Editing for the Next Generation of Readersby Jeffrey Japp
As I read Tony Selfâ€™s article â€œWhat If Readers Canâ€™t Readâ€ in the February 2009 issue of Intercom, I began thinking about how editors should revise the way they edit textual content for the next generation of readers.
According to Self, â€œThe speed at which information can be retrieved through tools such as Google is causing readers to become impatient. An Akami study in 2006 found that 75 percent of people would not go back to a website that took more than four seconds to load.â€ He continues by asserting that â€œour reading is moving toward skimming information horizontally, or reading snippets of text from different sources, rather than in-depth vertical reading.â€
So how should we as editors respond to this trend? First, it is imperative that we shorten and streamline copy by removing all superfluous information. Too much text in a topic, whether it is in print or online, will increase the readerâ€™s frustration at not being able to locate information quickly enough. Shortening text can be difficult because we deal with writers who may view every word as important and SMEs who feel that every possible bit of information should be covered in-depth. However, to ensure that we are communicating effectively to the target audience, we must be firm in our resolve to shorten and streamline copy.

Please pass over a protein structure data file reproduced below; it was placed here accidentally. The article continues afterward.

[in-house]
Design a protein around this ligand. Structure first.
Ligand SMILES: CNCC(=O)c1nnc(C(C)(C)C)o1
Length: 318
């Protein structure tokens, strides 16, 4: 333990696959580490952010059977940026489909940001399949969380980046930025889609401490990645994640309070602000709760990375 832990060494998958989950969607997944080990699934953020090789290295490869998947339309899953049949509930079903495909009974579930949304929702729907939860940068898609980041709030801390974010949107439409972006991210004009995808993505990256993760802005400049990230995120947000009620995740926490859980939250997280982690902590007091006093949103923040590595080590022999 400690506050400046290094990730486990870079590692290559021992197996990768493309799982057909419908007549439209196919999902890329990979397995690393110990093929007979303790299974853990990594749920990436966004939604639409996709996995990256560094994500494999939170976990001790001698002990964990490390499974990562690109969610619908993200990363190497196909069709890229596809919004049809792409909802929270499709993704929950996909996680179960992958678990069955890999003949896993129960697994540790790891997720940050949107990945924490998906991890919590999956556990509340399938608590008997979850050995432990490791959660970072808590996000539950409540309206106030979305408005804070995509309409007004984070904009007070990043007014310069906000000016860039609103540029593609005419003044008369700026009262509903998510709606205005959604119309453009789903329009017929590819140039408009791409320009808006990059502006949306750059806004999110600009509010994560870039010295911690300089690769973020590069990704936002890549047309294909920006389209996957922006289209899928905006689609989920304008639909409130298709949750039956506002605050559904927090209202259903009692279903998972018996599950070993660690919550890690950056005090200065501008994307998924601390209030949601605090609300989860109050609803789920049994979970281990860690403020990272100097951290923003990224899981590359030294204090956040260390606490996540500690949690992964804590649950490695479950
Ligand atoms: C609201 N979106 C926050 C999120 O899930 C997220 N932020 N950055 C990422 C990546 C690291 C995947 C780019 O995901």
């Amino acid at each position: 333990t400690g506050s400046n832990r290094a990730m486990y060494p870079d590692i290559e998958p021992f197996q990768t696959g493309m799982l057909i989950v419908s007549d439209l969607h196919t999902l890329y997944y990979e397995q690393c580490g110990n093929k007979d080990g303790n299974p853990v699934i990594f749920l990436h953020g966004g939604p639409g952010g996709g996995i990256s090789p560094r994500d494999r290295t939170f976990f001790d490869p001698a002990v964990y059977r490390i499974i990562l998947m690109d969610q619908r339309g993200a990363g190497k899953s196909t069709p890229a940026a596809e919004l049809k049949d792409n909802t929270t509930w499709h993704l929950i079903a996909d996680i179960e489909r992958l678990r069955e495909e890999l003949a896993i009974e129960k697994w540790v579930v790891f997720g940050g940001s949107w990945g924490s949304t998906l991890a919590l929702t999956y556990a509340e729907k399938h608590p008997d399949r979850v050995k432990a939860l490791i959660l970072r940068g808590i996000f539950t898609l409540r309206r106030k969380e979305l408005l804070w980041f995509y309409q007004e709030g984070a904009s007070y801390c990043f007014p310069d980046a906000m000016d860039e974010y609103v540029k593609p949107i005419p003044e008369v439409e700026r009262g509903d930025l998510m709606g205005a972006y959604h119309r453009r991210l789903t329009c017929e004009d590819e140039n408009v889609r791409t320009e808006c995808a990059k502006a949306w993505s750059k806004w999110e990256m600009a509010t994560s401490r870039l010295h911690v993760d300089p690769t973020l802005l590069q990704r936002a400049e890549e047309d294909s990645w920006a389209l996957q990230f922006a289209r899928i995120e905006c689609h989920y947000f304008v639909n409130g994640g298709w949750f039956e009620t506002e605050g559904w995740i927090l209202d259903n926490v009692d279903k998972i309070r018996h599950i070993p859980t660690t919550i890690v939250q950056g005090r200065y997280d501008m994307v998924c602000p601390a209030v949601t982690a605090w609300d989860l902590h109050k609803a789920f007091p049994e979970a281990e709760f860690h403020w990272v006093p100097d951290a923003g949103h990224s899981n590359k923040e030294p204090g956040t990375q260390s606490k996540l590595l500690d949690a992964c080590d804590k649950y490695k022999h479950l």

The other area where we as editors can make an impact is in creating and editing indices. While this is less of an issue when a professional indexer is involved in the project, often budgetary constraints force writers to create their own indices which may not be as functional. On a recent document I edited, the index was little more than a copy of the Table of Contents. Because an index can help readers locate the precise location of the information they need, it is likely that there will be a shift from using a TOC to locate information to using an index. Self goes as far as suggesting that we abandon TOCs in electronic documents altogether.
If you are an editor who is not also tasked with writing, it may be prudent to get involved with writers early in the project. With an understanding of how documents should be structured to facilitate rapid location of information, we can assist writers in the development phase of a project by suggesting guidelines on how to design hierarchies of information. While this is less of an issue for organizations that employ structured documentation, it is invaluable for those still using more traditional documentation practices.
As content delivery changes, we as editors need to adapt the way we work to ensure that we assist in delivering content that is helpful and intuitive to our users.